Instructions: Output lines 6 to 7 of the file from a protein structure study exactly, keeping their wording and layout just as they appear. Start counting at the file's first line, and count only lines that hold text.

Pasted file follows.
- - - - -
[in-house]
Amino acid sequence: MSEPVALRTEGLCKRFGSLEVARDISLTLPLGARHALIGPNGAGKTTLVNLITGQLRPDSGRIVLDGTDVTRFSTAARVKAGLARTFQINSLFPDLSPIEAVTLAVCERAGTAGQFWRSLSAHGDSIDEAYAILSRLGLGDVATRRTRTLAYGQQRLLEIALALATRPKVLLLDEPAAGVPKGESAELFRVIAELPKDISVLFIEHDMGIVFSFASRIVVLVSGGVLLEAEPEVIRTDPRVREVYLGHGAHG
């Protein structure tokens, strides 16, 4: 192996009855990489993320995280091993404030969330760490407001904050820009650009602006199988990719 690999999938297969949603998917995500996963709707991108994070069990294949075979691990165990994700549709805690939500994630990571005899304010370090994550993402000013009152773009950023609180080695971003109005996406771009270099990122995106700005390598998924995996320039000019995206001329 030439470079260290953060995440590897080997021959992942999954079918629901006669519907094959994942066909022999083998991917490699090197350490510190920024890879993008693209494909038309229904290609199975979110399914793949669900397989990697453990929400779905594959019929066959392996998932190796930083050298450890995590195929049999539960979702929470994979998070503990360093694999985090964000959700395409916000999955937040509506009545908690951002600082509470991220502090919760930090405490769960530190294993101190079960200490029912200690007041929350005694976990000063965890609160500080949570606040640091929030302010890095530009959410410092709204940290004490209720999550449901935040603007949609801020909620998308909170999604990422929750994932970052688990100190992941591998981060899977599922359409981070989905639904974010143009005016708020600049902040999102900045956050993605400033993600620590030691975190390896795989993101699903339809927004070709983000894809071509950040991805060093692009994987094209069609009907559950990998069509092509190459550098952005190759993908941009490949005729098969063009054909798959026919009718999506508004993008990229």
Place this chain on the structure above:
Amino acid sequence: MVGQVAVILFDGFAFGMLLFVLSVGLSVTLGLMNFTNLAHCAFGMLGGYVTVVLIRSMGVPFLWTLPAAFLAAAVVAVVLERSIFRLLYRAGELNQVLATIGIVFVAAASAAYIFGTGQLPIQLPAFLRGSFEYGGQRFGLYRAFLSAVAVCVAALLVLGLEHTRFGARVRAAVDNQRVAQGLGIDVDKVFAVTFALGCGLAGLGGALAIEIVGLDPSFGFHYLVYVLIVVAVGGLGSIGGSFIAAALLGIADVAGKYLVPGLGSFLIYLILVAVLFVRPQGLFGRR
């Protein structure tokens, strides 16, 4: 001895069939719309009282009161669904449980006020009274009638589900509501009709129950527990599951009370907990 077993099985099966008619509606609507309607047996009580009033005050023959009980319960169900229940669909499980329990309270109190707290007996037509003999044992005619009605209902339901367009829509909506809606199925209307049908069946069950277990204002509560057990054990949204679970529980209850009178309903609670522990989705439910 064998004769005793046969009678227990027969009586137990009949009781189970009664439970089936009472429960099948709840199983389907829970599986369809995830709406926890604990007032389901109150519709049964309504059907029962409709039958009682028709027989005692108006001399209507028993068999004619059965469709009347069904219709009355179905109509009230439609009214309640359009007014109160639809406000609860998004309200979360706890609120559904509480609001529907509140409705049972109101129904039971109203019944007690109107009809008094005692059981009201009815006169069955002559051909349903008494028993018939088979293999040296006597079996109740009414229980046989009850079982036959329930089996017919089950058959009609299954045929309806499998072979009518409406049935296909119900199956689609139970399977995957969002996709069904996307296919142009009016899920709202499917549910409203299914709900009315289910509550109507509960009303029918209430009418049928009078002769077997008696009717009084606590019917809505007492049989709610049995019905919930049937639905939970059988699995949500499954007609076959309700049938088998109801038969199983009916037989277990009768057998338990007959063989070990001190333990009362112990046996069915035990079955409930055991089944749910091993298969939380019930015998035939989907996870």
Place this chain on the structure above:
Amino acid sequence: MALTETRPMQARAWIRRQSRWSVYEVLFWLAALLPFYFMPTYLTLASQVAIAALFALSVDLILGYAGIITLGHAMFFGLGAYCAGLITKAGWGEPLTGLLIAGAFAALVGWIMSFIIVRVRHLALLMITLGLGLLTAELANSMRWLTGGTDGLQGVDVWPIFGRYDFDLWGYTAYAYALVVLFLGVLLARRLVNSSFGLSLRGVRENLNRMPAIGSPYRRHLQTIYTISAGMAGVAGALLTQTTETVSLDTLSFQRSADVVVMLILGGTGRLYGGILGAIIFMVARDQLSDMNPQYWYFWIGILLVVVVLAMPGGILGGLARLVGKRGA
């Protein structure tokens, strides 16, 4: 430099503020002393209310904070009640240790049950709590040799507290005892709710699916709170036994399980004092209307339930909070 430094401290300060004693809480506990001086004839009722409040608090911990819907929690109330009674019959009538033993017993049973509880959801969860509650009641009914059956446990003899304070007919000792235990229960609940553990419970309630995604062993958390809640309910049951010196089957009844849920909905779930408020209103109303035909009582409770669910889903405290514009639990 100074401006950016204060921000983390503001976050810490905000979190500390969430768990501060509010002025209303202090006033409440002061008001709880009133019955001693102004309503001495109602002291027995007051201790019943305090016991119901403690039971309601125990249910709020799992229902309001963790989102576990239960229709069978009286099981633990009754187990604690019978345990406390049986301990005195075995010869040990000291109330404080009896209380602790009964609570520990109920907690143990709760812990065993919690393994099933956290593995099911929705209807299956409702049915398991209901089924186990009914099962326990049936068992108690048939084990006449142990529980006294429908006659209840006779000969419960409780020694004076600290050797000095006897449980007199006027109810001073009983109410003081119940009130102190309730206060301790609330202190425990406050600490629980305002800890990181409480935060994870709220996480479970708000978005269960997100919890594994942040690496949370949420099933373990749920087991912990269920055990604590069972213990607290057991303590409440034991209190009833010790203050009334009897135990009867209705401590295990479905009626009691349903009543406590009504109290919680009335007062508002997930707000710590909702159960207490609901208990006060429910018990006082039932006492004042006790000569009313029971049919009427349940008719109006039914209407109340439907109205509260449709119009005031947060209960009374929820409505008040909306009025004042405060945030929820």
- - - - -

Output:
């Protein structure tokens, strides 16, 4: 001895069939719309009282009161669904449980006020009274009638589900509501009709129950527990599951009370907990 077993099985099966008619509606609507309607047996009580009033005050023959009980319960169900229940669909499980329990309270109190707290007996037509003999044992005619009605209902339901367009829509909506809606199925209307049908069946069950277990204002509560057990054990949204679970529980209850009178309903609670522990989705439910 064998004769005793046969009678227990027969009586137990009949009781189970009664439970089936009472429960099948709840199983389907829970599986369809995830709406926890604990007032389901109150519709049964309504059907029962409709039958009682028709027989005692108006001399209507028993068999004619059965469709009347069904219709009355179905109509009230439609009214309640359009007014109160639809406000609860998004309200979360706890609120559904509480609001529907509140409705049972109101129904039971109203019944007690109107009809008094005692059981009201009815006169069955002559051909349903008494028993018939088979293999040296006597079996109740009414229980046989009850079982036959329930089996017919089950058959009609299954045929309806499998072979009518409406049935296909119900199956689609139970399977995957969002996709069904996307296919142009009016899920709202499917549910409203299914709900009315289910509550109507509960009303029918209430009418049928009078002769077997008696009717009084606590019917809505007492049989709610049995019905919930049937639905939970059988699995949500499954007609076959309700049938088998109801038969199983009916037989277990009768057998338990007959063989070990001190333990009362112990046996069915035990079955409930055991089944749910091993298969939380019930015998035939989907996870």
Place this chain on the structure above: